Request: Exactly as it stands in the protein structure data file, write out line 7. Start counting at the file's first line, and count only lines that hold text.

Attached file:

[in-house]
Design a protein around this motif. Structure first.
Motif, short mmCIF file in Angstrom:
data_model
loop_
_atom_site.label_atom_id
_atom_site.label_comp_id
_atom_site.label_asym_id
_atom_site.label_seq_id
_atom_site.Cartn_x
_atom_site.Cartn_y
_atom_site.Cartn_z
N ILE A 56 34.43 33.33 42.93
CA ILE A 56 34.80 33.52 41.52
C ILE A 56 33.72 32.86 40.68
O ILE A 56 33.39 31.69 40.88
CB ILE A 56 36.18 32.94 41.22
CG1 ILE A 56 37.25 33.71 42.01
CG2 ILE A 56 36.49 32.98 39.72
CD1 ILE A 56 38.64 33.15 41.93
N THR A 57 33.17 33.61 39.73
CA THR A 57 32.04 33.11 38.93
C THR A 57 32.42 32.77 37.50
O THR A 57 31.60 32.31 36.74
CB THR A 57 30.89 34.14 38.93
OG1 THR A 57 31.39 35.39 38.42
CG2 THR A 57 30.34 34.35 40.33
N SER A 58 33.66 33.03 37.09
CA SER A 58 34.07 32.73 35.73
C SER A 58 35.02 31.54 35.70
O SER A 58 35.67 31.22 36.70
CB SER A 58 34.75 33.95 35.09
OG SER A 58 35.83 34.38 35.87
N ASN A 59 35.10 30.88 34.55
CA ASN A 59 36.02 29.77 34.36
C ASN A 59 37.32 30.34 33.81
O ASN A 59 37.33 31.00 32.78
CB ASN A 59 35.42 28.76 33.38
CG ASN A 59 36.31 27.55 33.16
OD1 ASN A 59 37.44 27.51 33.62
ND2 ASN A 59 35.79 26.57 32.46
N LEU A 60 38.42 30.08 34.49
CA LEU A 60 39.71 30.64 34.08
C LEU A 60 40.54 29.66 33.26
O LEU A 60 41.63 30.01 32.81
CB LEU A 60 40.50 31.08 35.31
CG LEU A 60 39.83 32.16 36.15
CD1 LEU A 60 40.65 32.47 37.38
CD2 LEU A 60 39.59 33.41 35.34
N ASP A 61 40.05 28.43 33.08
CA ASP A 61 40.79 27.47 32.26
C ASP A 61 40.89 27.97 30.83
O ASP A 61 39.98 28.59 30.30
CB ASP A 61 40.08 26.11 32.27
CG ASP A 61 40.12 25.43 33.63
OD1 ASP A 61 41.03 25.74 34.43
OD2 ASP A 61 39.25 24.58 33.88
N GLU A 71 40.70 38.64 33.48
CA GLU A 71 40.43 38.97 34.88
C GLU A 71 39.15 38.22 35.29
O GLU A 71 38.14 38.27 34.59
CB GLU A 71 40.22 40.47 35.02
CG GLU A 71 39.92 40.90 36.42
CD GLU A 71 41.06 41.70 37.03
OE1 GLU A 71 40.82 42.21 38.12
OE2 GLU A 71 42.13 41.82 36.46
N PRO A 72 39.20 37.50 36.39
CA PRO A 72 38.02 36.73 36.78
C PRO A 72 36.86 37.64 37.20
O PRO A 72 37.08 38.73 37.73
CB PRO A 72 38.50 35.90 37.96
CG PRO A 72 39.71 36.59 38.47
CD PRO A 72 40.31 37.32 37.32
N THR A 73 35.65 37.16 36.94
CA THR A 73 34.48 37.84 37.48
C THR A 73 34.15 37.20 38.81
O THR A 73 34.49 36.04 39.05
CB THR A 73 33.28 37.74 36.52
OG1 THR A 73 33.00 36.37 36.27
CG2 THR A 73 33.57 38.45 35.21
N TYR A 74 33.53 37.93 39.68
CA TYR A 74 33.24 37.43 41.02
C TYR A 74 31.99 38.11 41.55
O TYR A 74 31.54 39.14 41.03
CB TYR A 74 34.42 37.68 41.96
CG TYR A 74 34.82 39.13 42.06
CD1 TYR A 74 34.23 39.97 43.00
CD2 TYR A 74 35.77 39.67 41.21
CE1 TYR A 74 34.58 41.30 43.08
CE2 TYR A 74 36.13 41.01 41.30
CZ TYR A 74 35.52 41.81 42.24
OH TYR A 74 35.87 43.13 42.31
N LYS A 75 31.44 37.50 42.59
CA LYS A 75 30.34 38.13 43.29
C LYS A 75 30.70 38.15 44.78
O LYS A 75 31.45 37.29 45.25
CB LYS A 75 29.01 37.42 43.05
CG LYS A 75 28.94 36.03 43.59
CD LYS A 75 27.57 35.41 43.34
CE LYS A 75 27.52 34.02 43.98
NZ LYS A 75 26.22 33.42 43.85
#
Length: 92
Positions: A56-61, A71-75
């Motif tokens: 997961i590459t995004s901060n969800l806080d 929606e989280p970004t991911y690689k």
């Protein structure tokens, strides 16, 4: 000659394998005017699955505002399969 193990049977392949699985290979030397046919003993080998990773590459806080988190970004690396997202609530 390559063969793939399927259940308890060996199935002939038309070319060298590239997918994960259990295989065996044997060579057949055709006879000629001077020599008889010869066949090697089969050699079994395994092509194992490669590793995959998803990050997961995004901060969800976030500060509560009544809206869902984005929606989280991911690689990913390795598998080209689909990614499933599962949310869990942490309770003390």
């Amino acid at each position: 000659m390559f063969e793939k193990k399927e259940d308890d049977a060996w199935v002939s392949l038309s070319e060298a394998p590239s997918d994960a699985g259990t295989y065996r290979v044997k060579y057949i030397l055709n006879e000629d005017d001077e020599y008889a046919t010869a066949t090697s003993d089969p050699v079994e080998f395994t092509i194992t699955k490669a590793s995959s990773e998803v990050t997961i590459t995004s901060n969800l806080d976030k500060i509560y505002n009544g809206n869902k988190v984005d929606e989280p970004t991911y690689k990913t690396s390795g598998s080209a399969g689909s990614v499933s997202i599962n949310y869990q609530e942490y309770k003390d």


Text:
_atom_site.label_comp_id